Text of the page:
Once preferred living arrangements have been determined, financial professionals and their clients may have a better idea about how much caregiving may be required from a professional and build that into future expense projections.

Because Medicare does not currently cover most long-term care costs, retirees may want to consider several options to save for and prepare for long-term care expenses. For instance, annuities may help provide guaranteed income that retirees can use to pay out-of-pocket expenses. Those with a health savings account can use the funds to pay for long-term costs (confer with a tax professional to understand any tax consequences).

On the insurance side, traditional long-term care insurance allows the policyholder to claim benefits if they need long-term care, but if long-term care is not needed, no benefits are paid. Hybrid life insurance and long-term care policies can provide long-term care coverage for both home care and community care expenses if the policyholder needs it and a cash value that can convert to a death benefit if long-term care isn’t required.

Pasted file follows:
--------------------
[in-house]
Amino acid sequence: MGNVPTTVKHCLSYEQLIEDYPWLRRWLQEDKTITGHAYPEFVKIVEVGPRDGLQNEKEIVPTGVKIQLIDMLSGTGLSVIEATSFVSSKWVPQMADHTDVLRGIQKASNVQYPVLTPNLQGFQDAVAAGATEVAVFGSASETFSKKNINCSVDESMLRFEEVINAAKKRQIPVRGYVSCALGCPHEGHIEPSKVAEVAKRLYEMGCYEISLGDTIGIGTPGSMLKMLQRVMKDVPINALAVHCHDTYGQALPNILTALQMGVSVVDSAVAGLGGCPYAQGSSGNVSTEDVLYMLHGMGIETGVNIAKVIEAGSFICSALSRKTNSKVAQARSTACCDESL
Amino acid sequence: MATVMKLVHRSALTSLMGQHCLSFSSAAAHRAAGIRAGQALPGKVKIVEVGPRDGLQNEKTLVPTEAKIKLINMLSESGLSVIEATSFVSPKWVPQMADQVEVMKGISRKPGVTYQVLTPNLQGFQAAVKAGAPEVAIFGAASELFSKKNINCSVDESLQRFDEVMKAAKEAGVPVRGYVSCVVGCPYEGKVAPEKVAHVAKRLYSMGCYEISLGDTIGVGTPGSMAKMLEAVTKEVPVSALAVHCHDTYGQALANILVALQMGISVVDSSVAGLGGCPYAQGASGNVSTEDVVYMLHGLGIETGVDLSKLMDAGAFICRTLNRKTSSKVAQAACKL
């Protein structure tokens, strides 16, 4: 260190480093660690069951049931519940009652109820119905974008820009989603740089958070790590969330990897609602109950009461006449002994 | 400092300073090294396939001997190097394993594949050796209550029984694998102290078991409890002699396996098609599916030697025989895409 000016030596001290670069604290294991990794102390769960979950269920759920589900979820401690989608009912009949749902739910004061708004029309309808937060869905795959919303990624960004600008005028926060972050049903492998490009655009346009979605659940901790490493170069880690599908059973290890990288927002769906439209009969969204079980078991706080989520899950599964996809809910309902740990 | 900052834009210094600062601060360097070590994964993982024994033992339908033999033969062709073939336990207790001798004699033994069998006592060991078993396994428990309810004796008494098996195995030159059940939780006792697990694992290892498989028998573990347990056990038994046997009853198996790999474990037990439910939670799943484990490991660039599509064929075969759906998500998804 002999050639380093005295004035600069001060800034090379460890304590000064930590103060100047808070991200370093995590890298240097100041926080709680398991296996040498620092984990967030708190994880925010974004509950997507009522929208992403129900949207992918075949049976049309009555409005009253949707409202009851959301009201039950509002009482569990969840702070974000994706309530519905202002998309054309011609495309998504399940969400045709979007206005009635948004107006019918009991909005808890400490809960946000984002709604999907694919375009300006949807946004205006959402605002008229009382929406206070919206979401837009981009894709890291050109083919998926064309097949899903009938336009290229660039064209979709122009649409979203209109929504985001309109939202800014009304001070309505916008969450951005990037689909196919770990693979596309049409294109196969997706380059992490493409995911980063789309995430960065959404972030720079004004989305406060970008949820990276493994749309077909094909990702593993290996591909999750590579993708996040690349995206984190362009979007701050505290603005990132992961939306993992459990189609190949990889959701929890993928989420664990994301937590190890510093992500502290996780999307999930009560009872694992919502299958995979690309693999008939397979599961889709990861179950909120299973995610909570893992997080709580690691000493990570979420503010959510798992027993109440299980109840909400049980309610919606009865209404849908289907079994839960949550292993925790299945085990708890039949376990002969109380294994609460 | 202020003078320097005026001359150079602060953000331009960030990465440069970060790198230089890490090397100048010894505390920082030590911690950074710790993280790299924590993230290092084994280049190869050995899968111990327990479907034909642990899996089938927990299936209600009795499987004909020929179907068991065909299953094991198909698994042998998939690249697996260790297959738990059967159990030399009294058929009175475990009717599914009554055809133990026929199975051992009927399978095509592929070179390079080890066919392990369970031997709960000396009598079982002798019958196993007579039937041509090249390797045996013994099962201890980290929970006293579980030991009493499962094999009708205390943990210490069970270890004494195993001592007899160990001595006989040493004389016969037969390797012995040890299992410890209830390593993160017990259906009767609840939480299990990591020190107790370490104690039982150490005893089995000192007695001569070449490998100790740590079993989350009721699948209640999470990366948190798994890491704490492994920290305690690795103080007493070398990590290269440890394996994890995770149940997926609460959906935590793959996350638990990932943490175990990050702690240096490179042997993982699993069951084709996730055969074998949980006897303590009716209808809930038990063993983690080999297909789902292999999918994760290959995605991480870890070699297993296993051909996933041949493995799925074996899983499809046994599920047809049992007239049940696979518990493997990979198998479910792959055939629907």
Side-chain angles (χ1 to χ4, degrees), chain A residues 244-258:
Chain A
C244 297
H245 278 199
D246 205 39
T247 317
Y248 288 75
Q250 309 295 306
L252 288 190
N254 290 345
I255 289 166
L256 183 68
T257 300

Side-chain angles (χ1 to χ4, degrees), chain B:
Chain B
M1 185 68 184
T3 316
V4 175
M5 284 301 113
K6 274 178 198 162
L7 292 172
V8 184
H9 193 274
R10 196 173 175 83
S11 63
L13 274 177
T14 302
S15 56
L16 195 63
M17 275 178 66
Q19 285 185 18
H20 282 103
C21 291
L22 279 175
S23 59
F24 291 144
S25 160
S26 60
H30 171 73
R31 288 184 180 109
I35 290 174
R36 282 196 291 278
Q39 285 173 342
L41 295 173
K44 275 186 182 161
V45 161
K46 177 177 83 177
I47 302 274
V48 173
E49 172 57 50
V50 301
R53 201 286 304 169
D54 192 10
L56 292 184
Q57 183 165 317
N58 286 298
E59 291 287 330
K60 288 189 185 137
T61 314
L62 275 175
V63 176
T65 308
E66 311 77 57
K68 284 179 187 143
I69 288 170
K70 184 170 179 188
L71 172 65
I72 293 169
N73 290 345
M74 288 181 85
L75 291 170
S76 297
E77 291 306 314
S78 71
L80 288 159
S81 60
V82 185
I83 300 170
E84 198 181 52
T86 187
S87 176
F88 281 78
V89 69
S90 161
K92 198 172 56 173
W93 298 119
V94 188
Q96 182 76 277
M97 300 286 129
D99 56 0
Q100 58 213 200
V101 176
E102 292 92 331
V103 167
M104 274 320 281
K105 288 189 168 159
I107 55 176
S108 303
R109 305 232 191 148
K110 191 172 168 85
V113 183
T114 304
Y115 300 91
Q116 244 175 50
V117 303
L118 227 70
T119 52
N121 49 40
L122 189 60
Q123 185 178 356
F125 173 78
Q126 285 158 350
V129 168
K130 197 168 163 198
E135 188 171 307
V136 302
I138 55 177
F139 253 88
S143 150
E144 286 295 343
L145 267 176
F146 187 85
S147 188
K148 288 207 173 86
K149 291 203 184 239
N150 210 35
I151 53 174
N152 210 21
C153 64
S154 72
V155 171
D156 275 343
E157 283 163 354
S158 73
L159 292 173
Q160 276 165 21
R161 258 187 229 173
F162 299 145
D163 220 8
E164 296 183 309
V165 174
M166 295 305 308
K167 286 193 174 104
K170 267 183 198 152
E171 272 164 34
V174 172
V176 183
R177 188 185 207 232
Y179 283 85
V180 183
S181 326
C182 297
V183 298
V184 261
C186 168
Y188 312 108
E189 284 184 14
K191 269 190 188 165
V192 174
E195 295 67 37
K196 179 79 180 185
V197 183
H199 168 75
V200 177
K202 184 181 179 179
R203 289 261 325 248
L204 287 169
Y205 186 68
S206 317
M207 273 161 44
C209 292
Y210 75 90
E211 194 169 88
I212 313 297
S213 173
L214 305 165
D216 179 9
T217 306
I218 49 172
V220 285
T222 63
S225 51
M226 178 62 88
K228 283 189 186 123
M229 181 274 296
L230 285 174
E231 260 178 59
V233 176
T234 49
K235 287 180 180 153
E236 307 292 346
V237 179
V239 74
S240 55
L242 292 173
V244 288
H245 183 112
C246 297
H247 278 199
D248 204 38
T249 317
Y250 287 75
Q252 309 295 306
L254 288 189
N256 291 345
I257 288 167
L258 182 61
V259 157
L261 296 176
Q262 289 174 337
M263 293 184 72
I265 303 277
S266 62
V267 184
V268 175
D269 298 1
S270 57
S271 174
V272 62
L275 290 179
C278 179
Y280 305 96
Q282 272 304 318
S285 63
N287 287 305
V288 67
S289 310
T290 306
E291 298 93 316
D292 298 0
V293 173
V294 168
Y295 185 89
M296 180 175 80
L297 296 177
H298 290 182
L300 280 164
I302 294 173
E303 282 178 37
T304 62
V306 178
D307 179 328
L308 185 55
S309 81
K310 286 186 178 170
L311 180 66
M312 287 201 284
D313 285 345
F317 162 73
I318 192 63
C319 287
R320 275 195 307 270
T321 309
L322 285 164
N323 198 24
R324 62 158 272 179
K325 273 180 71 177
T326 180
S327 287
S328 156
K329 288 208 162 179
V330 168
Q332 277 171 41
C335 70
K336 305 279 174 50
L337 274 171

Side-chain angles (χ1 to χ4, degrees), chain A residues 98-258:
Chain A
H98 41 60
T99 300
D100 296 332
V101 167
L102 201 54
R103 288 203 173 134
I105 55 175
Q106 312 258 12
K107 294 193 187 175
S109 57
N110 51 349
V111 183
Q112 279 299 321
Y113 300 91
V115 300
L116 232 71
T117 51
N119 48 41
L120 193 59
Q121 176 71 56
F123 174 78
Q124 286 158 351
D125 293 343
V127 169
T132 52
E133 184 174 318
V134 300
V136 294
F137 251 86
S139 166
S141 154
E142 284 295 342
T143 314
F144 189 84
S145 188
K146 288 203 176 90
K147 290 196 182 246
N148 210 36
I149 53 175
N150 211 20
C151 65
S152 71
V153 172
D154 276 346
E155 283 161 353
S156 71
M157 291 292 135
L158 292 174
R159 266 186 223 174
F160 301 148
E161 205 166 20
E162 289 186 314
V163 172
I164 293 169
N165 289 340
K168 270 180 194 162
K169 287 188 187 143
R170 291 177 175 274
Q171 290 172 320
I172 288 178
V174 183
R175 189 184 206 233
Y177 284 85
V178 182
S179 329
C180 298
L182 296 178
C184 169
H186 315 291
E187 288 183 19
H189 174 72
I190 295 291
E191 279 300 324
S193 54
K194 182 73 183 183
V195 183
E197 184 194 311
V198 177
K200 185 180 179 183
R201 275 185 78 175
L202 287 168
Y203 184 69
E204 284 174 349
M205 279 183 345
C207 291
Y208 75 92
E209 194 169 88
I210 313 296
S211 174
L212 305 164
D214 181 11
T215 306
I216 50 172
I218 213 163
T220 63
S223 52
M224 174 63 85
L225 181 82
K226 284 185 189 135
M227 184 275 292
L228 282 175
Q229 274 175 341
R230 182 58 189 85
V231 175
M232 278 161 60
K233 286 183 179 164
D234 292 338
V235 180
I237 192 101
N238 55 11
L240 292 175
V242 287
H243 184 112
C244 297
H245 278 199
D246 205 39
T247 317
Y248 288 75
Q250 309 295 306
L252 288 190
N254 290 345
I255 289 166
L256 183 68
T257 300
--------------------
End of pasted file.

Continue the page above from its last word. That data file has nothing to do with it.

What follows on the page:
Managing health care from the home will be more realistic for a larger percentage of retirees – even those requiring long-term care – as a result of technology advancements, changes in the marketplace, and a range of financial instruments to help manage health care expenses. Financial professionals and their clients should regularly discuss goals and financial strategies to properly plan for a successful retirement.

 

Conversation Starters

Looking for ways to start a discussion about in-home care? Try these conversation starters:

  • If you have more health care needs in the future, would you prefer to receive care at home or in a community setting?
  • Do you have family members or friends who may provide care for you? Can they do that in your current location?
  • How comfortable are you with technology such as telemedicine or connected devices that may help you receive care from home?